So, whatever your answer is, a large subset of people will disagree with you. It’s just math.
When I limit my answer to Walt Disney World resorts, my shortlist is still six resorts long.
However, I do have a favorite. I often joke that it’s whichever Disney resort that I stayed in most recently.
That’s not true, though. For me, Disney’s Polynesian Village Resort will always be the Disney hotel that matters most to me. And they even sell Dole Whips here!
Best American Space Mountain
Okay, this one’s somewhat arcane. If you haven’t visited Walt Disney World and Disneyland, you may not know that the structure is different on Space Mountain.
Magic Kingdom is home to the original ride, where guests experience the vacuum and bleak darkness of space as intended.
You’re totally alone on this version of Space Mountain. Once you exit Star Port, you’re in a struggle to survive a G-force filled battle.
At Disneyland, you ride in rows of two. The coaster cart actually hosts 12 guests as opposed to three at Magic Kingdom.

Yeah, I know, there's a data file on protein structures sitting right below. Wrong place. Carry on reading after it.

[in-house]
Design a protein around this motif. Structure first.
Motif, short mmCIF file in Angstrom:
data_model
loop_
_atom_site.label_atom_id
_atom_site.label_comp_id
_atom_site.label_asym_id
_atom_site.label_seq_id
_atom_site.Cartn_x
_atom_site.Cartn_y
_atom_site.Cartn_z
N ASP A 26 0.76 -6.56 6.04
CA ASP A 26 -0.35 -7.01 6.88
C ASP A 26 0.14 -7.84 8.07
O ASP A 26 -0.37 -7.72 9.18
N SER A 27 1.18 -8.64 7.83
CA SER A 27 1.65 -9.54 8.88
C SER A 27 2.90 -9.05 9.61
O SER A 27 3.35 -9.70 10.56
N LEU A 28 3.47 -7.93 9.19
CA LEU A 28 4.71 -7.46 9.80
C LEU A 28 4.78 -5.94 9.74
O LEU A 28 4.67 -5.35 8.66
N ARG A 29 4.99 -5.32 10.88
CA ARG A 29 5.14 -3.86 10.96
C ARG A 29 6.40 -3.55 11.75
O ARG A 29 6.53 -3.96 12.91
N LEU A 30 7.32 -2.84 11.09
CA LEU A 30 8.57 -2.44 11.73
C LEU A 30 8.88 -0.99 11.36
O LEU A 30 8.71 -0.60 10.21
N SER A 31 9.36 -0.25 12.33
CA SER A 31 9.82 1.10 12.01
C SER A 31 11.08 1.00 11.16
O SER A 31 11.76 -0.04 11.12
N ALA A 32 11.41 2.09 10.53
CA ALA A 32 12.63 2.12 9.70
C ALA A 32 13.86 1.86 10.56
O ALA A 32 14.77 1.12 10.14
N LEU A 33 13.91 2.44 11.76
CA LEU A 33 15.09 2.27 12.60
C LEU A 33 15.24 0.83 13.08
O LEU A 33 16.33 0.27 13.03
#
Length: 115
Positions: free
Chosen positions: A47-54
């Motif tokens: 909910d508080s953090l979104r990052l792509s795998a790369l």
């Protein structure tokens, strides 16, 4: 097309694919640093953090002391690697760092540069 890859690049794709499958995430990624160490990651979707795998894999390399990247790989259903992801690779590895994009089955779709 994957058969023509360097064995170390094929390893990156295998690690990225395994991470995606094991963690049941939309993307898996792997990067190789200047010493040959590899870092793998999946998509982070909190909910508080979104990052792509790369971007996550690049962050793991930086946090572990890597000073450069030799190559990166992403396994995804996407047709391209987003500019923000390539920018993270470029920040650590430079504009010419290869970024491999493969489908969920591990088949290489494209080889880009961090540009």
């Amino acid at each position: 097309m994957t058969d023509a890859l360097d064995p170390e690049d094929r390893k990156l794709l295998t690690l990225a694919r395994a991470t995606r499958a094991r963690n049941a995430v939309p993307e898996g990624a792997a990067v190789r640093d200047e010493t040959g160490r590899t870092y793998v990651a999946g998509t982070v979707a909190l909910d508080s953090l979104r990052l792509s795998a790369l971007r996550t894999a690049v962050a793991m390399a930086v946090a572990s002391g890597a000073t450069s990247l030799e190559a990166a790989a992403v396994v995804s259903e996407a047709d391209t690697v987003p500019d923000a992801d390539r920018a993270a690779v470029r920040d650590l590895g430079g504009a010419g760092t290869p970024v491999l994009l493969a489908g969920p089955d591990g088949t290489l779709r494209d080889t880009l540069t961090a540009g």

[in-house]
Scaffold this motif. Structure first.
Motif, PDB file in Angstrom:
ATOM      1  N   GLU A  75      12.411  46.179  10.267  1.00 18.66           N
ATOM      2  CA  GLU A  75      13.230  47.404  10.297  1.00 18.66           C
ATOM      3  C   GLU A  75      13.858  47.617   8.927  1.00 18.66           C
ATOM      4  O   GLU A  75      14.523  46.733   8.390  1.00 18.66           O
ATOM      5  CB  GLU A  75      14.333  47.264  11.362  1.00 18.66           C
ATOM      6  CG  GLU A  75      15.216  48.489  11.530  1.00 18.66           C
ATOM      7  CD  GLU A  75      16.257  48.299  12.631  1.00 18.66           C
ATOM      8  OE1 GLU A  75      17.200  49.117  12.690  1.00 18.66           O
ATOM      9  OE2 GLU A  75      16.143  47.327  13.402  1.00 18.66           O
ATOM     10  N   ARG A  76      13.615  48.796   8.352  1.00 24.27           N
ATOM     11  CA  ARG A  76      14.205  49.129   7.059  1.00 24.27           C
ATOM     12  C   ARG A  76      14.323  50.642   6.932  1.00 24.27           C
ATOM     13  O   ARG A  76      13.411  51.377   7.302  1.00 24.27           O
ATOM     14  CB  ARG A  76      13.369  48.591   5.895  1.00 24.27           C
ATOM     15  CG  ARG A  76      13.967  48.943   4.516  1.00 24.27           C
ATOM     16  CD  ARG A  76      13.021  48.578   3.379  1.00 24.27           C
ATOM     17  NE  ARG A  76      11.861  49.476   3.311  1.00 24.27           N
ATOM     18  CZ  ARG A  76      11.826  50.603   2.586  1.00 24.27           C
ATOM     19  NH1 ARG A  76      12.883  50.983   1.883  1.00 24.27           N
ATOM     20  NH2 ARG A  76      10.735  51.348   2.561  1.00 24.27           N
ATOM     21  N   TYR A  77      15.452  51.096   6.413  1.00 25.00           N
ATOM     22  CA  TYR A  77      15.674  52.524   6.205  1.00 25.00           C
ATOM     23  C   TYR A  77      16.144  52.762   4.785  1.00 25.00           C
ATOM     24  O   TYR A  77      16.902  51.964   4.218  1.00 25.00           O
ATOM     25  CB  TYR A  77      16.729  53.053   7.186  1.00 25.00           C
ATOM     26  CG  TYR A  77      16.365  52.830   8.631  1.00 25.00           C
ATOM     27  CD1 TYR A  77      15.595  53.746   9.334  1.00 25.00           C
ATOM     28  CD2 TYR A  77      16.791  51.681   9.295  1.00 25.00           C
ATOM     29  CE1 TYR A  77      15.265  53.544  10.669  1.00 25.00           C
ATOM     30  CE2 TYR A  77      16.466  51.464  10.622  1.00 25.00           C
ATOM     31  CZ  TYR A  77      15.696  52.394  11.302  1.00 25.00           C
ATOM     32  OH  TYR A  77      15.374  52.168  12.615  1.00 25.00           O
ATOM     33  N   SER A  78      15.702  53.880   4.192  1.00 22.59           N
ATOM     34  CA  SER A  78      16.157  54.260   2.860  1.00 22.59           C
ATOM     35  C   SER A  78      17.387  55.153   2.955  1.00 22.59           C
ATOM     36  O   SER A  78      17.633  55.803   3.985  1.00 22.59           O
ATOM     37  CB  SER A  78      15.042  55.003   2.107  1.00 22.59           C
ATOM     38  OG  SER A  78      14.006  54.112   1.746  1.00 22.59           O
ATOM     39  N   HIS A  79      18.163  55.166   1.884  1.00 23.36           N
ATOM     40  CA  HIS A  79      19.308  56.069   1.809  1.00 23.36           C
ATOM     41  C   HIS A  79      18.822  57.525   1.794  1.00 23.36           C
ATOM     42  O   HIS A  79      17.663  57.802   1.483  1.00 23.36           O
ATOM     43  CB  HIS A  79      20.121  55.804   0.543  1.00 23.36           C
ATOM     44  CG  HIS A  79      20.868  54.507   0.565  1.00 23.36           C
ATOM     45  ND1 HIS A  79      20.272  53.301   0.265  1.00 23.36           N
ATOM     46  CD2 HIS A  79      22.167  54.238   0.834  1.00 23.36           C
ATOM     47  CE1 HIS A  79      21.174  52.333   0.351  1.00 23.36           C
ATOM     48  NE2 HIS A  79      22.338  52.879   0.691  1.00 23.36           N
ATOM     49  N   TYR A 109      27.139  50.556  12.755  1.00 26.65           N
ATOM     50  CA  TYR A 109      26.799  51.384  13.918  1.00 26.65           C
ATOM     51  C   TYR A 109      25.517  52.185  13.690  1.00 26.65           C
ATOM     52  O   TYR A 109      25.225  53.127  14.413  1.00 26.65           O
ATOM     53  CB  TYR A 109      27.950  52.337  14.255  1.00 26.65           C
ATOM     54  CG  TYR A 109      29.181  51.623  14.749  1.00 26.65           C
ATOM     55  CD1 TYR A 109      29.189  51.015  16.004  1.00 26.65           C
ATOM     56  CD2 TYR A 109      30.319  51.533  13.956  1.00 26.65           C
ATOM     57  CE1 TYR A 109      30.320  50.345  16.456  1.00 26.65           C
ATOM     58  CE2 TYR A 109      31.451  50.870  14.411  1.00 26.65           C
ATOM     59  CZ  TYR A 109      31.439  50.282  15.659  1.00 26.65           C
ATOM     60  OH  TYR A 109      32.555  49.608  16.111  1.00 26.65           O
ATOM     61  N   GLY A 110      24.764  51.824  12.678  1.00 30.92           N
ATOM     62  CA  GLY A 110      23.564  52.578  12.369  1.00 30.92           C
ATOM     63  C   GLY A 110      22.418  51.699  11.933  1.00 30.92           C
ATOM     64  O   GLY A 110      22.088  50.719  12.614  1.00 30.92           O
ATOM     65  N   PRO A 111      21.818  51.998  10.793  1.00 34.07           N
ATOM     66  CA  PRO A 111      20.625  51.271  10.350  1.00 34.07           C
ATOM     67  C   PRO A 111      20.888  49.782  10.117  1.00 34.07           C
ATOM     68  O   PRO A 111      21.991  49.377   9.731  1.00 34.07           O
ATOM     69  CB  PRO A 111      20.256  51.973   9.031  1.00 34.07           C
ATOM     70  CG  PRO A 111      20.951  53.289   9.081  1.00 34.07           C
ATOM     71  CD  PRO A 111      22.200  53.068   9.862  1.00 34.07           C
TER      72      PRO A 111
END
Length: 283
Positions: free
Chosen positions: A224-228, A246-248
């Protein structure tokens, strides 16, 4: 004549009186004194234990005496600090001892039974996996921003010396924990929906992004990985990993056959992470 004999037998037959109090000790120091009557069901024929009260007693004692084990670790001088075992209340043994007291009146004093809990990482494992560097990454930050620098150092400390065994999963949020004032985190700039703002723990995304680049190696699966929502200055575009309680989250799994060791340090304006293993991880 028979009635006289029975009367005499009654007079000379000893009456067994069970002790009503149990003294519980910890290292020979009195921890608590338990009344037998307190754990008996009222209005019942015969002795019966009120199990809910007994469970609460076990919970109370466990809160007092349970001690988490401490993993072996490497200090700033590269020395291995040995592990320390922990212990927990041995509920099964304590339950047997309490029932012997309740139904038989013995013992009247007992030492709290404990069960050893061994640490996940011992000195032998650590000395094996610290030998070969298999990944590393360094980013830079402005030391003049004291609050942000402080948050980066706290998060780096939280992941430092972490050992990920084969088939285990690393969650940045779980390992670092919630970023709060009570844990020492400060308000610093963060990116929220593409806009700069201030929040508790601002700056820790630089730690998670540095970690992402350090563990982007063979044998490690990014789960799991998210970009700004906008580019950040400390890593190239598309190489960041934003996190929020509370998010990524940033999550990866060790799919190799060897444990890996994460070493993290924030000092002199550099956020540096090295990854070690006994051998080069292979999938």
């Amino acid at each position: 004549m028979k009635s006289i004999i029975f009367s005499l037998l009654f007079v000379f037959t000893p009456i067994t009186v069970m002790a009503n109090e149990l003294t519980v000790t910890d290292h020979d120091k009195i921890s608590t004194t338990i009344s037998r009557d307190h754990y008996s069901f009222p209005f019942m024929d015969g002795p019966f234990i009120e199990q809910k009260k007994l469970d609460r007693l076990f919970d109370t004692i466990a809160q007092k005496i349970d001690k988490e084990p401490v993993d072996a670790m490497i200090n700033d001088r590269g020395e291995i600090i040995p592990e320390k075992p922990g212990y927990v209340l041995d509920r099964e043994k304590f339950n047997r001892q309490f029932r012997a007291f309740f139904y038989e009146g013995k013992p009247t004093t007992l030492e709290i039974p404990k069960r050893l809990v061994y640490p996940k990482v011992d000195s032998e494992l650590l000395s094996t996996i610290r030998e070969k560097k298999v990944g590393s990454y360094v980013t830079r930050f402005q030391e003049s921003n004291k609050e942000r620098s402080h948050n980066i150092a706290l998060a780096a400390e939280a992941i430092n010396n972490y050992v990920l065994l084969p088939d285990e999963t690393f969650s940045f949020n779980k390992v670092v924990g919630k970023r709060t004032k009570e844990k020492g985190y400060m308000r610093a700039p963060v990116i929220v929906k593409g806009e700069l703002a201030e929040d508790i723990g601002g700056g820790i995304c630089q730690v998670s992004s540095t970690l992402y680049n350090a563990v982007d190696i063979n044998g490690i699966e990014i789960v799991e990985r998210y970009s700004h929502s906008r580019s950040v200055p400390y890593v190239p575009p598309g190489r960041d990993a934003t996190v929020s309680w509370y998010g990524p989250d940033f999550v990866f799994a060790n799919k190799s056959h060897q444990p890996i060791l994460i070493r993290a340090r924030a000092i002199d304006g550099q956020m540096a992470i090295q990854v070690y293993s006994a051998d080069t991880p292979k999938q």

So, the experience is entirely different and much more communal. Also, it’s shinier and less bumpy.
Call me soft if you like, but I prefer this version to the original. And that’s rare for me. I’m pretty big on theme park history as a rule.
I make an exception with Space Mountain, though. How about you? Do you prefer to go solo or double-rider?
Original Disney Rides or ones based on movies?
This one’s tough. In recent years, many Disney fans have taken the company to task for its ride construction decisions.
The most recent attractions feature intellectual properties (IP) like Guardians of the Galaxy, Tron, Avatar, Ratatouille, Mickey & Minnie Mouse, Star Wars, and Toy Story.
Star Wars and Avatar weren’t even Disney properties until relatively recently.
So, some stalwarts lament that Disney has moved away from its core strategies.
Look at some of the earliest Disney attractions like Matterhorn Bobsleds, Pirates of the Caribbean, Haunted Mansion, and Jungle Cruise.